Robert (Bob Ryan) Estes said:March 16, 2016 7:22 am PST
I worked at WTIC am & FM in the Gold building from 1979 to 1980.
Francis McGrath said:March 9, 2016 7:52 pm PST
I was on a Mile of Dimes program that came from a trailer in front of the Travelers building. That was the name before it became the March of Dimes. I still have my copy of the script. It was signed by several people the were onn the broadcast.
Thomas Madden said:February 22, 2016 9:13 am PST
I work at WMRD/WLIS radio in Middletown CT. I've been here for only a year or so trying to get new accounts for ads sales. Times sure have changed since AM was a force in media. The internet has changed the market and few companies are willing to purchase ads with us. we still have a sizeable listening audience but it must have dwindled since the good days when selling radio must have been much easier. It is a shame because AM local radio should still have an impact on the CT culture.
Leslie Safford said:February 11, 2016 6:26 pm PST
When I was seven, my father, Ted Safford, started working for WINF around the beginning of 1958 and became the program director, until we moved to Putnam, CT so that he could become general manager of WINY.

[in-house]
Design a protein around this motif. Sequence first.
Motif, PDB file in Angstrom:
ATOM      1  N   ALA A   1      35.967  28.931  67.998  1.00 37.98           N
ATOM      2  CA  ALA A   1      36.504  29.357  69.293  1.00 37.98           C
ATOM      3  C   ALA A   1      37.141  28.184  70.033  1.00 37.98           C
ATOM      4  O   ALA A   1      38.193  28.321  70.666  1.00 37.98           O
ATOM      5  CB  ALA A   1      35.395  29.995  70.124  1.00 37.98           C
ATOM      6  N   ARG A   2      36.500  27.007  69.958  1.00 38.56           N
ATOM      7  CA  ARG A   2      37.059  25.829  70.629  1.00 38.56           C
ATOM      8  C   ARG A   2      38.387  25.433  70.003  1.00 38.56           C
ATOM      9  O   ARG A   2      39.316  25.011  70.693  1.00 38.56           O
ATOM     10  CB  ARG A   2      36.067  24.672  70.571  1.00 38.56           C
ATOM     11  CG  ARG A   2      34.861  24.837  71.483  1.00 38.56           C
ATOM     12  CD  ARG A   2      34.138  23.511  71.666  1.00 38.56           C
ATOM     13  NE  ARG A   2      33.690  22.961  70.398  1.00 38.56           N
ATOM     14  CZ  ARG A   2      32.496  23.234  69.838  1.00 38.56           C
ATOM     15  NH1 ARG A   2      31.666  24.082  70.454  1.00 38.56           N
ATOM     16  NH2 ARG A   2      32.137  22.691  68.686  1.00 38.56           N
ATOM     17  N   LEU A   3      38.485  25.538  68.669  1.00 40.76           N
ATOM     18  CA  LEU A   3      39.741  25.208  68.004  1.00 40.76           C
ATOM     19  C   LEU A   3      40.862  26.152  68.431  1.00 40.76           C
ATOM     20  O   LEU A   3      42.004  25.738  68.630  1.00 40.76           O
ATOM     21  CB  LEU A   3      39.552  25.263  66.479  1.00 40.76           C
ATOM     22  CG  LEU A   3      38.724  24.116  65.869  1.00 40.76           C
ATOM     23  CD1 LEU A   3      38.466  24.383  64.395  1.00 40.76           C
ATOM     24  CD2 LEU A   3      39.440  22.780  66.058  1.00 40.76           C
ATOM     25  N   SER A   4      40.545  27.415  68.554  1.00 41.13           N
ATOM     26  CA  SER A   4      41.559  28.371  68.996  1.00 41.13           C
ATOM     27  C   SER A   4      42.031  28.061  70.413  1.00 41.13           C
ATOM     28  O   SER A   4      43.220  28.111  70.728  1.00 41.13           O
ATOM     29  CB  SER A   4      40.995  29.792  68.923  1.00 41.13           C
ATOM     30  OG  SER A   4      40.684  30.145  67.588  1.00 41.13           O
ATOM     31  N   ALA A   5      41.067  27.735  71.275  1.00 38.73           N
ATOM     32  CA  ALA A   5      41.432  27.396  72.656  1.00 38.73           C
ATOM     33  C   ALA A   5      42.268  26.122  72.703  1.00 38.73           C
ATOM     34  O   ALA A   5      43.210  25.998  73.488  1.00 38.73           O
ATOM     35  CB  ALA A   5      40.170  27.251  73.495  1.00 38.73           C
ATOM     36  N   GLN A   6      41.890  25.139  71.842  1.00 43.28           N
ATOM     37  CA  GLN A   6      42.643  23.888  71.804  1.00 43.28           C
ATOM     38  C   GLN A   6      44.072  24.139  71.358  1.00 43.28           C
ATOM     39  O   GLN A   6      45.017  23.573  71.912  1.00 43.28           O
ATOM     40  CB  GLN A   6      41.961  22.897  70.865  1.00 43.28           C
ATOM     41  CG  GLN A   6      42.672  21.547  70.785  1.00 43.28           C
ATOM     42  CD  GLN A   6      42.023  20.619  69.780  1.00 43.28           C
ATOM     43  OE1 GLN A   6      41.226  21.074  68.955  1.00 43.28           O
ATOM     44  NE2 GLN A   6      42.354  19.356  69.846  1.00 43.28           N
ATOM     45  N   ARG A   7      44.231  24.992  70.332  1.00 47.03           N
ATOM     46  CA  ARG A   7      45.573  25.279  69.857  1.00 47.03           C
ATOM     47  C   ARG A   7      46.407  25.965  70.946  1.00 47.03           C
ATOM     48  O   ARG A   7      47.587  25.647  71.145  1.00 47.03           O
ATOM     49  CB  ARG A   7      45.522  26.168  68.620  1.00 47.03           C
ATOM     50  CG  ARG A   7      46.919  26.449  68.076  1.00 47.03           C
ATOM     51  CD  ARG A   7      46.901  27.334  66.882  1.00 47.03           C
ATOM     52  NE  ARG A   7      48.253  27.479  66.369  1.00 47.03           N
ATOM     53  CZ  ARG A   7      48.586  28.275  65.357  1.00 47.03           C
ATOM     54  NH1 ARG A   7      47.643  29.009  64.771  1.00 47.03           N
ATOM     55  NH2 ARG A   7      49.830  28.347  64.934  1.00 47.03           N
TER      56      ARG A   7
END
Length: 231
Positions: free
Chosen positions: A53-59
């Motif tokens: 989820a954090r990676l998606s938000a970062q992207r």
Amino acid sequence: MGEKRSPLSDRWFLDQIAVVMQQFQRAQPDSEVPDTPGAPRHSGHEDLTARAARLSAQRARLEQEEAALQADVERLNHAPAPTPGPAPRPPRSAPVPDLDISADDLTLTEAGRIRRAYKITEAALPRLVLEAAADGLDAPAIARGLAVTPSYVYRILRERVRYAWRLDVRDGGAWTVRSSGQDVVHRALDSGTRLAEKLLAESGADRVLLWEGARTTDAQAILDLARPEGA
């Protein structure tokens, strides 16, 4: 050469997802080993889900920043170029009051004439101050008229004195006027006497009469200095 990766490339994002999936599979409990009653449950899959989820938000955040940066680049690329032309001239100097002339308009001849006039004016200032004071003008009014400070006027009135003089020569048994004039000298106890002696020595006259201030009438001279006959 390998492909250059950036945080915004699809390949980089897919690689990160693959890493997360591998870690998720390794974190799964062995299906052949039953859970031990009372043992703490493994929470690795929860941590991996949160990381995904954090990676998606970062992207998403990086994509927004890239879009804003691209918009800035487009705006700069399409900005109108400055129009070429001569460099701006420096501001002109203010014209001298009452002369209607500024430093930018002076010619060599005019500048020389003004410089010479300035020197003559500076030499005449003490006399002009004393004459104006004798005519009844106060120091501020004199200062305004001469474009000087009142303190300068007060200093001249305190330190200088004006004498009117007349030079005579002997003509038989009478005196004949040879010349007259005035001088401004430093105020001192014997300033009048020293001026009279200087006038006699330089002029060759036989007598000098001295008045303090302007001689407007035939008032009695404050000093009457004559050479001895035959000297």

I have happy memories of going to visit him at the WINF studio, which was located over a dance studio. I longed to take ballet lessons, and I often crouched down and looked at pink toe shoes twirling by--no people, just the toes. But there was just as much fun and mystery upstairs in the broadcasting studio. I loved watching the teletype machine, which I thought housed a little elf who typed up the AP reports. It was a disappointment to find out the news came in over the wire from a human being at the other end. My consolation was that Dad often brought me leftover teletype paper to draw on.
Then my turn to be on the air came when Mr. Shure of Shure Jewelers asked me to make a few radio commercials with my parents. They were only 60-second spost, but not only did I get to hear myself on radio, but I also got a charm bracelet from Mr. Shure the first year, and a $10 check the next year--my first pay check.
Even more excitingly, Kathy Godfrey, Arthur Godfrey’s sister, who had a talk show, taped interviews with my younger brother and me. We still have the tape of my brother’s segment, though--alas--not mine.
Does anyone remember where the WINF tower was from 1958 to 1961? I remember standing near the studio in the parcade and seeing the tower in a nearby field. I was probably facing south at the time, but I’ve never been able to pinpoint it exactly.
My father wasn’t at WINY very long, but I visited his studio there a couple of times, until we moved to Portland, Maine, where Dad worked for WGAN (and at least four other stations). He probably worked at a dozen stations in his years in broadcasting. And I had an interesting life as a radio brat.
Audrey Parente said:August 5, 2015 6:05 am PST
Hello all, I am an author working on the biography of Judson Philips who was involved in radio broadcasts during the 1960s and possibly '70s at WTOR in Torrington, CT. Anyone having knowledge of Philips, also known by his pen name Hugh Pentecost, please contact me. And thank you.
Audrey Parente: 386-679-9801
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